group. But female mate choice criteria remain obscure for most primate species. In
contrast to modern humans, female primates rarely favor males that can provide
resources or paternal care of offspring. The sporadic male care that is observed, such
as watching, carrying, and protecting infants, may represent mating effort rather than
paternal investment (Seyfarth, 1978; Smuts, 1985), because it is often performed by a
male unlikely to be the father of the infant, who is interesting in mating with the infant's
mother. Rather, the only consistent female preferences observed have been for (1)
high-ranking males capable of protecting females and offspring from other males, (2)
specific males with whom a special short-term consortship or long-term friendship has
been formed through mutual grooming and affiliation, and male food-giving and infant
protection, and(3) new males from outside the group, to avoid inbreeding and protect
against the infanticide they might commit if they knew that none of the local offspring
were theirs. Clearly, these criteria conflict somewhat: high-ranking males have
insufficient time to maintain special friendships with all local females; and new males by
definition cannot yet be long-term friends, nor can they attain high-rank immediately. In
addition, females may choose to mate promiscuously, to maximize sperm competition
and to confuse paternity, thereby inducing several males to protect the offspring, and to
guard against infanticide (Hrdy, 1979; Small, 1993). Despite Darwin's (1871) discussion
of sexual selection for the various beards, tufts, and colorful hair styles that adorn male
primates, female choice for aesthetic displays and indicators has rarely been
investigated in primates, perhaps because the relevant sexual selection theory has been
developed only recently. However, female primates often exhibit preferences that
cannot be accounted for on the basis of male rank, age, novelty, grooming effort, or
protection effort. Sometimes, primates just seem to like each other based on
appearance, behavior, and personality.
Although primates follow the general animal pattern of male sexual competition and
female choosiness, female competition and male mate choice is also important (Smuts,
1987). In monogamous callitrichids such as marmosets and tamarins, female compete
to form pairs with quality males and drive off competing females. In unimale polygynous
systems, the dominant male's sperm becomes a limiting resource, and high-ranking
females prevent low-ranking females from mating through aggression and harassment
(Small, 1988). In multimale groups, females compete to form consortships and
friendships with favored males. Such patterns of female competition suggest some
degree of male mate choice. When the costs of sexual competition and courtship are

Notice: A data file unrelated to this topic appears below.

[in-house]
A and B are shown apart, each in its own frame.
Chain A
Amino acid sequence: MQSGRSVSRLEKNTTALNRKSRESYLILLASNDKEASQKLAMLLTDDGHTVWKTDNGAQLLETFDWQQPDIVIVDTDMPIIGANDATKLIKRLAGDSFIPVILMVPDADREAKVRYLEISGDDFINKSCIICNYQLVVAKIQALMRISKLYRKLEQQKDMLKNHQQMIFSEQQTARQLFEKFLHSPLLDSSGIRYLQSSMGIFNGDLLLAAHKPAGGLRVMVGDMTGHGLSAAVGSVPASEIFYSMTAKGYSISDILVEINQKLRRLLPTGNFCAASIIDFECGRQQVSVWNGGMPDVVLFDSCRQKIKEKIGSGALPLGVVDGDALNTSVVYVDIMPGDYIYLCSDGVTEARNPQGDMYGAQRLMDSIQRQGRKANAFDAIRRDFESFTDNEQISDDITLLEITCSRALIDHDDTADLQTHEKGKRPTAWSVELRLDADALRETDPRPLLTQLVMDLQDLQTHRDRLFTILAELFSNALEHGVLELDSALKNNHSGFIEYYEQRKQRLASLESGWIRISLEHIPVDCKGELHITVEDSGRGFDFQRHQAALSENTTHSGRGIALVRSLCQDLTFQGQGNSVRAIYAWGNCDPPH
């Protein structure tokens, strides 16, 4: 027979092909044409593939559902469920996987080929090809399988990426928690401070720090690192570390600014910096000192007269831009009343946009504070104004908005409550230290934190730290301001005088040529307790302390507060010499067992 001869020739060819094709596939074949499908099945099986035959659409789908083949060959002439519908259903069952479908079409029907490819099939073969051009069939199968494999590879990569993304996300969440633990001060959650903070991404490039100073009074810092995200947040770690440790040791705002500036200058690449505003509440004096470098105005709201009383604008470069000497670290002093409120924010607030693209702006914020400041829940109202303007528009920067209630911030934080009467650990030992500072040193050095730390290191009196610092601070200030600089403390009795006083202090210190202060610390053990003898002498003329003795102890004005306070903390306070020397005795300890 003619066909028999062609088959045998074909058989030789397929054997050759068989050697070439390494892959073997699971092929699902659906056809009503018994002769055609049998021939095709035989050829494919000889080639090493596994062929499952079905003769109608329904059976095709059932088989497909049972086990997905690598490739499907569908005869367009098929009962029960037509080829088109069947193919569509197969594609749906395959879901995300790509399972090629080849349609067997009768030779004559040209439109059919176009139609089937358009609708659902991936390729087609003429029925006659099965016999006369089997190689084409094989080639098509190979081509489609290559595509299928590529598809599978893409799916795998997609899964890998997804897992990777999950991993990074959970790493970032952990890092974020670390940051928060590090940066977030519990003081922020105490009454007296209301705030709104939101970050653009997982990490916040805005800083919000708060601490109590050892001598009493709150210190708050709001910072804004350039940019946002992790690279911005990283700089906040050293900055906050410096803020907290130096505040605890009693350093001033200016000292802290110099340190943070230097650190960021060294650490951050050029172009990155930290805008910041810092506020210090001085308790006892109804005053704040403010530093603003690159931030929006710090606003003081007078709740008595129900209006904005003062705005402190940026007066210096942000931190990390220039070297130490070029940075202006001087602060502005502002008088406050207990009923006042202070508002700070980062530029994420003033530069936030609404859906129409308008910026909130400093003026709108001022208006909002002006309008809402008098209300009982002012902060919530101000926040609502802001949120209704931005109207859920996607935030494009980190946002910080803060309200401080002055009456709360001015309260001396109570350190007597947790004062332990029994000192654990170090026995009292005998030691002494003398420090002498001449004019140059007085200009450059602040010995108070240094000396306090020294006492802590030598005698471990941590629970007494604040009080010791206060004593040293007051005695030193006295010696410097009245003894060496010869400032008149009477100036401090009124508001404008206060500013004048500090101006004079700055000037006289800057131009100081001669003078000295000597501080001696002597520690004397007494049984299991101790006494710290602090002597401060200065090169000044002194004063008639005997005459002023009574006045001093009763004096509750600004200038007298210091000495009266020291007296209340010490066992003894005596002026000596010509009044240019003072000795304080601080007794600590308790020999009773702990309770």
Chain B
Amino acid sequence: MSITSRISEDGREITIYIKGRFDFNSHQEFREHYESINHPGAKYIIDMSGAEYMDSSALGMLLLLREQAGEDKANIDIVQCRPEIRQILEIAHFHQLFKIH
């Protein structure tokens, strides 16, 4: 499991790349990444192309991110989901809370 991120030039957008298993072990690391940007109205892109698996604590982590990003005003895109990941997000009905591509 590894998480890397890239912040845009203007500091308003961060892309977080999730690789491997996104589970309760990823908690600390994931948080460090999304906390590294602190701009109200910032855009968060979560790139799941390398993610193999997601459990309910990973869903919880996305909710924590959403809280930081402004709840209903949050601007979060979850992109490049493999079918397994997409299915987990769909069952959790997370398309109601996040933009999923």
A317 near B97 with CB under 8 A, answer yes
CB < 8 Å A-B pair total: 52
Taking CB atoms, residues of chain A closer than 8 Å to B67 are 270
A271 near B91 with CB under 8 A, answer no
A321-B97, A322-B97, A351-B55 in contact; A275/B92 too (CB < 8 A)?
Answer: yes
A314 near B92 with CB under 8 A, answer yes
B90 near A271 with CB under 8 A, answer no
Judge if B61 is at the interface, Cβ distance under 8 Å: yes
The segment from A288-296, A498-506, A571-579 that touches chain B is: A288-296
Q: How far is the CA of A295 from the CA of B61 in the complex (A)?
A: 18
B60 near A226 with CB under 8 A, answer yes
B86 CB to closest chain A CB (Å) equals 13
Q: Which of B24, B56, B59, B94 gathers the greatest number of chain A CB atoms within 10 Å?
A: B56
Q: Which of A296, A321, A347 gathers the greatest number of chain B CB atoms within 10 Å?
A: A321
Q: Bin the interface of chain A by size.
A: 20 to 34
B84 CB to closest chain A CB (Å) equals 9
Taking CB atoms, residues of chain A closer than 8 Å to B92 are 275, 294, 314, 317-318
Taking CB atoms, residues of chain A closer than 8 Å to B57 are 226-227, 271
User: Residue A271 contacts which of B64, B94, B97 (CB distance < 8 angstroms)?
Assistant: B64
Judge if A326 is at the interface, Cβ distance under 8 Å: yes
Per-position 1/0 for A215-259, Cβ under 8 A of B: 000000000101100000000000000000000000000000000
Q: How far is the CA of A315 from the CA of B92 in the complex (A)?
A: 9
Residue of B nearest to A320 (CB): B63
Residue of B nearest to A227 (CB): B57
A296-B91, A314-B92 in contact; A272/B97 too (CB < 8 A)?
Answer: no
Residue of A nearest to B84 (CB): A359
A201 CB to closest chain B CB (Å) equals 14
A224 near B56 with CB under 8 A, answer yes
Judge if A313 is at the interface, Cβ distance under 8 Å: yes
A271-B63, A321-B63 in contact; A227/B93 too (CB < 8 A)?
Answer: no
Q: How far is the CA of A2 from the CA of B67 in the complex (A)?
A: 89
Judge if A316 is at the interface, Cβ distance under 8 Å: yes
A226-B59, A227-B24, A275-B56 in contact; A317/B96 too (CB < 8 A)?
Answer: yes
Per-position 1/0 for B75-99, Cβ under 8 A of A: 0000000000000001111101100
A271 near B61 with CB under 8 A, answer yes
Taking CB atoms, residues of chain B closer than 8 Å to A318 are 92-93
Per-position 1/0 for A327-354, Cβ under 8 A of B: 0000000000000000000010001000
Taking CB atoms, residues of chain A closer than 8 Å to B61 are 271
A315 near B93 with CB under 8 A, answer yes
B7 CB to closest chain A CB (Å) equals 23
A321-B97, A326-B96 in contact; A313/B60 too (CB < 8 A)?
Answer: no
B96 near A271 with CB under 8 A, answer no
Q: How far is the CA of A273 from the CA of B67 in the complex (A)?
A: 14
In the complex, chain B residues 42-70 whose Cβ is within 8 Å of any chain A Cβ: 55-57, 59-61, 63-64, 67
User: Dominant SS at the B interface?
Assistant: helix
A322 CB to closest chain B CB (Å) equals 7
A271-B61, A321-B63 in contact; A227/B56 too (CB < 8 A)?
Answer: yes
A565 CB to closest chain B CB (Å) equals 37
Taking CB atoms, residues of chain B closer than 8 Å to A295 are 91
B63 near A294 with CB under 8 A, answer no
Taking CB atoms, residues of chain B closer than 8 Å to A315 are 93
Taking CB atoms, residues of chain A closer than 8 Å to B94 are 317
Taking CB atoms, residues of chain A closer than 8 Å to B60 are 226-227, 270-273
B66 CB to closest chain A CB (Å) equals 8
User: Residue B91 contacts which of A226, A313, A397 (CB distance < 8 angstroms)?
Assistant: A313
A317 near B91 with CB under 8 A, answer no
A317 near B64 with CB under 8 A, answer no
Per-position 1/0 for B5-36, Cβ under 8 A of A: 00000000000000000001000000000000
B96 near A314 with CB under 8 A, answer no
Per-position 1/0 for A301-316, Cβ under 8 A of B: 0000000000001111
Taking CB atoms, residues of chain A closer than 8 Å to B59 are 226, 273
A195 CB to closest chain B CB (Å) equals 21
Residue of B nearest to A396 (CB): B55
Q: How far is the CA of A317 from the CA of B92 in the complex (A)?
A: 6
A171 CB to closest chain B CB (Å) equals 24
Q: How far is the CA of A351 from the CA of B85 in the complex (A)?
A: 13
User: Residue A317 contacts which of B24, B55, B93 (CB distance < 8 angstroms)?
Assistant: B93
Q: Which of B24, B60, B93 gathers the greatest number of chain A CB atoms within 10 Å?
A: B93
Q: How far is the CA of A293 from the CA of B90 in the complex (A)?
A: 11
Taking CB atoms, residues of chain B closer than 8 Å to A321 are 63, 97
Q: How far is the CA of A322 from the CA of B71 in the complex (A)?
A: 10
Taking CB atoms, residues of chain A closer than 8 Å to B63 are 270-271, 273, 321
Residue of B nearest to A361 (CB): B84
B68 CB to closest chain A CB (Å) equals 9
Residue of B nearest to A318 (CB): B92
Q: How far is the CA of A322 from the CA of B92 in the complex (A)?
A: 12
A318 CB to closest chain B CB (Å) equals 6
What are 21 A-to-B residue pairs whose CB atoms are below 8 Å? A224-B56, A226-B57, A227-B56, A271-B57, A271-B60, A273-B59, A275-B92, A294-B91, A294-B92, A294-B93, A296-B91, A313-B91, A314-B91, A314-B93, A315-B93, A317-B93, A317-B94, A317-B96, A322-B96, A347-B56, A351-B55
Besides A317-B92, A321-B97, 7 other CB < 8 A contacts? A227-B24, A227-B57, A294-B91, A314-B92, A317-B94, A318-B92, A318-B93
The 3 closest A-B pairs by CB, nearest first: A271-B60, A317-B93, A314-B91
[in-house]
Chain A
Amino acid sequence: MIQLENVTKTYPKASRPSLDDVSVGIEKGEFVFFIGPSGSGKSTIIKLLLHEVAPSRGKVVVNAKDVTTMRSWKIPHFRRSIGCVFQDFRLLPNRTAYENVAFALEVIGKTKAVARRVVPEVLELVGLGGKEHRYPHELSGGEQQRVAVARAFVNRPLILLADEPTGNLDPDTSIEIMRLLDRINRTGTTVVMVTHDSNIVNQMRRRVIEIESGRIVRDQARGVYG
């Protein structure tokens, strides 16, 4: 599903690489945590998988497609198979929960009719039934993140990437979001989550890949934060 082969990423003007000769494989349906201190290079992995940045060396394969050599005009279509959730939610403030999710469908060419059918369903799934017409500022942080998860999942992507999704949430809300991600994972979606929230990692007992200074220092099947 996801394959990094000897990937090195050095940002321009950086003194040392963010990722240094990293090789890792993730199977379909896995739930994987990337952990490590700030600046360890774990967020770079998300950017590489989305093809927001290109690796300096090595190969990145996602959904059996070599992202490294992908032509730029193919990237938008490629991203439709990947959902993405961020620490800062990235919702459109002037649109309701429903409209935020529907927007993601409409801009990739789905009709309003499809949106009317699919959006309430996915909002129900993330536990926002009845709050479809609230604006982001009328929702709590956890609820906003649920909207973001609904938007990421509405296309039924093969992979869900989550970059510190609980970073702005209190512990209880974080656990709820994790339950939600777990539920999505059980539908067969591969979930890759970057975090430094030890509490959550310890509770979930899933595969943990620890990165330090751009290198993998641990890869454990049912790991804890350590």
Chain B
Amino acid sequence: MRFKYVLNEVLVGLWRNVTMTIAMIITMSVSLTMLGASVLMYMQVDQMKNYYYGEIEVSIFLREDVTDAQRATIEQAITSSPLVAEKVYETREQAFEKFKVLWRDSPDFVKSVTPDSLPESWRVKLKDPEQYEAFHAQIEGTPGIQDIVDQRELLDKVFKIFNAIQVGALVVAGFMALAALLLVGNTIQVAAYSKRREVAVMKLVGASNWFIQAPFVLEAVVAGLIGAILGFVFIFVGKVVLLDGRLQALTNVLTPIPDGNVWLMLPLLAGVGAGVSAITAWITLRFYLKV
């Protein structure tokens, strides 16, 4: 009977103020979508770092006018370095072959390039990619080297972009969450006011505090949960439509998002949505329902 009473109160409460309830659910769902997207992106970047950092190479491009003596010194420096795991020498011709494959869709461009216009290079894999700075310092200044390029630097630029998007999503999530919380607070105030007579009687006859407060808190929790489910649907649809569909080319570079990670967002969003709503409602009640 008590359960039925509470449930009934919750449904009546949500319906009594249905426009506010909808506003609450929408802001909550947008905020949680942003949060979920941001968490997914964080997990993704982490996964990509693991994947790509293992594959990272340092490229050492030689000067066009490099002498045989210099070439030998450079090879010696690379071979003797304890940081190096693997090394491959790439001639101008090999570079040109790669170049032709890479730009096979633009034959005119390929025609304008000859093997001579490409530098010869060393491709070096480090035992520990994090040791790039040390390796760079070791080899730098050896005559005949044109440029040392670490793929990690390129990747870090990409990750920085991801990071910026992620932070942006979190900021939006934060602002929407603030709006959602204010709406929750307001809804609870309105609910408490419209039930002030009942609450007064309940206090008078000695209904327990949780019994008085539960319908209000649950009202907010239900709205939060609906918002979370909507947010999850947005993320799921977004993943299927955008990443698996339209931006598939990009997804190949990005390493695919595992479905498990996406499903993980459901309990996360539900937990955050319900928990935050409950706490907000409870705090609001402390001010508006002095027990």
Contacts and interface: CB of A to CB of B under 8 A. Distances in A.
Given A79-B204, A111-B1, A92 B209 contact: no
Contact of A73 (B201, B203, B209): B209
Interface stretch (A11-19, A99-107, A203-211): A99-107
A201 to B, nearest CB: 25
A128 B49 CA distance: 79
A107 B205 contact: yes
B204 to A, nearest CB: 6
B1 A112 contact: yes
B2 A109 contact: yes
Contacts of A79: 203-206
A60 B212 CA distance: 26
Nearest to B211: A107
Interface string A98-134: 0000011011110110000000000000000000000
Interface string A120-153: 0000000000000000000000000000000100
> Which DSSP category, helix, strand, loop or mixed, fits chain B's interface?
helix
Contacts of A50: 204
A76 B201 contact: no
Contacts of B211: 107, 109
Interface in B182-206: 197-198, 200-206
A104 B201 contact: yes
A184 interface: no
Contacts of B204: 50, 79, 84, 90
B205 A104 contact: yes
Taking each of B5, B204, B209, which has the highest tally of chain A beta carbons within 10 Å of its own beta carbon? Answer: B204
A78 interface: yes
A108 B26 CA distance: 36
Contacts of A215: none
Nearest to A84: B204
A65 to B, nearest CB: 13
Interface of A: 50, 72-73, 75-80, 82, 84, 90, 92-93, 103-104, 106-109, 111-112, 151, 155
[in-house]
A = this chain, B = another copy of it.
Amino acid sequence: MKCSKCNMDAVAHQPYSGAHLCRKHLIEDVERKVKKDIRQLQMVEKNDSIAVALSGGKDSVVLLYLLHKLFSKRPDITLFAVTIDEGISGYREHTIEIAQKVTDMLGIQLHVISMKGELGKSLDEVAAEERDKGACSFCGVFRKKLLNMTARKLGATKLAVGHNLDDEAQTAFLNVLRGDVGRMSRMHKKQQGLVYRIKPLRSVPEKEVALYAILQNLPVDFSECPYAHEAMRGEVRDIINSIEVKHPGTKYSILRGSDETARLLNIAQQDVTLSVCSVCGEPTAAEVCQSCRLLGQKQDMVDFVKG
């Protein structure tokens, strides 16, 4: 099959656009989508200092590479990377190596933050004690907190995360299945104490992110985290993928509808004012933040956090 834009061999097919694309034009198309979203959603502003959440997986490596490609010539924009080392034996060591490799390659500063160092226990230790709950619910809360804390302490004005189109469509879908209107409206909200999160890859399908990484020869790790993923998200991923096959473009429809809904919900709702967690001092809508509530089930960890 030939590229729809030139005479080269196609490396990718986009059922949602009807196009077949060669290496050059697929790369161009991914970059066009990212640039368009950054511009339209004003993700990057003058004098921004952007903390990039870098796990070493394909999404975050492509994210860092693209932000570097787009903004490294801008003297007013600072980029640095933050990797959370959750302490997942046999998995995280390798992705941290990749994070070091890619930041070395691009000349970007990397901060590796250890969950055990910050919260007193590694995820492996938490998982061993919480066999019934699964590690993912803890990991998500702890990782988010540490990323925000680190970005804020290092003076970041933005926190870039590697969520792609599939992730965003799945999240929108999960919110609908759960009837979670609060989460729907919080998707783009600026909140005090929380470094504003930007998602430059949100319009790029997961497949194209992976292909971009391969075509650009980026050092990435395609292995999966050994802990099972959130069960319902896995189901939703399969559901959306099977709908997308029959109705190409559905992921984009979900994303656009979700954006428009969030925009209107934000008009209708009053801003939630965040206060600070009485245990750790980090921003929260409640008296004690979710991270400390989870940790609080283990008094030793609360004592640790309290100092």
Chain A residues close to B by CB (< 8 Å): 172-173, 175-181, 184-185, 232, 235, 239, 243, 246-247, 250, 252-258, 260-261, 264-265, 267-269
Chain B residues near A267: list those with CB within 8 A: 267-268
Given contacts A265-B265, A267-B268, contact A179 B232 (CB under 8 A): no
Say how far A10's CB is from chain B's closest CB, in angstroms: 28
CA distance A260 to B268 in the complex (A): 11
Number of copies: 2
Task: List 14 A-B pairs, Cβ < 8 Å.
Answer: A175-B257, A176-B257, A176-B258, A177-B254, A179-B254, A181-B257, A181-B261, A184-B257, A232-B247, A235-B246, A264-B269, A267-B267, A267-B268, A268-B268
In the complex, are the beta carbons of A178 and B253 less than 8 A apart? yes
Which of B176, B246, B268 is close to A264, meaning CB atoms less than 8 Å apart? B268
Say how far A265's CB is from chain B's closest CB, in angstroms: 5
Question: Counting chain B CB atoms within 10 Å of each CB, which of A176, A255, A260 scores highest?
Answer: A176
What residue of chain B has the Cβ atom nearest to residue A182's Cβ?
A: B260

high, as they are for most primates, males have incentives to be choosy about how they
allocate their competitive effort, courtship effort, and sperm among the available females.
Males compete much more intensely for females that show signs of fertility such as
sexual maturity, estrus behavior, absence of lactation, and presence of offspring (Smuts,
1987). Male primates almost always avoid adolescent, low-ranking, nulliparous (no-
offspring) females and prefer older, high-ranking, multiparous (several offspring) females
who have already demonstrated their fertility, viability, social savvy, and mothering skills.
Marriage (i.e. legally-imposed, life-long monogamy) has overturned this male mate
choice pattern in modern human societies by pushing males to compete for unmarried,
nulliparous young women of unproven fertility and uncertain status — a recent pattern
that Symons (1979), Buss (1989, 1994), and others have projected into the ancestral
past. Like females, male primates also show strong individual preferences for particular
mates with whom they have developed special relationships (Smuts, 1985). The myth
that romantic love is a recent invention of Western patriarchy denies not only the warm
sexual relationships of humans in other cultures and historical epochs, but also those of
other primate species.
In summary, sexual selection in multi-male, multi-female primate groups is intense
because the social context of mating is so complex and dynamic. Both sexes compete,
both sexes are choosy, both sexes have dominance relations, and both sexes form
alliances. Sexual relationships develop over weeks and years rather than minutes.
Under these relentlessly social conditions, reproductive success came to depend on
mental capacities for "chimpanzee politics" (De Waal, 1982, 1989), "Machiavellian
intelligence" (Byrne & Whiten, 1988), "special friendships" (Smuts, 1985), and creative
courtship (Miller, 1993) rather than simple physical ornaments and short-term courtship
behaviors as in most other animals.
6 Sexual selection in hominids
It is hard to reconstruct sexual selection patterns in extinct animals because mate
preferences and courtship behaviors don't fossilize. However, it seems reasonable to
suppose that the primate tradition of intense sexual selection within highly social groups
persisted in our hominid ancestors, with ever-larger group sizes, and ever-more-complex
relationships and sexual strategies. We are the products of this primate heritage
refracted through a unique hominid sequence of habitats and econiches (Foley, 1987),
combined with the unpredictable effects of runaway social competition for Machiavellian
intelligence (Byrne & Whiten, 1988; Dunbar, 1992), and runaway sexual selection for
various courtship behaviors (Miller, 1993).
Fossils and genetic markers suggest that hominids diverged from other anthropoid apes
around 6 million years ago (mya), leading to increasing bipedalism, group size, and
omnivory in the sequence Australopithecus ramidus , A. afarensis, and A. africanus.
By two mya, hominids had divided into two main branches (see Foley, 1987):
Paranthropus (also known as Australopithecus), including P. robustus and P. boisei,
and Homo, including successively Homo habilis (2.0-1.8 mya), Homo erectus (1.8-0.5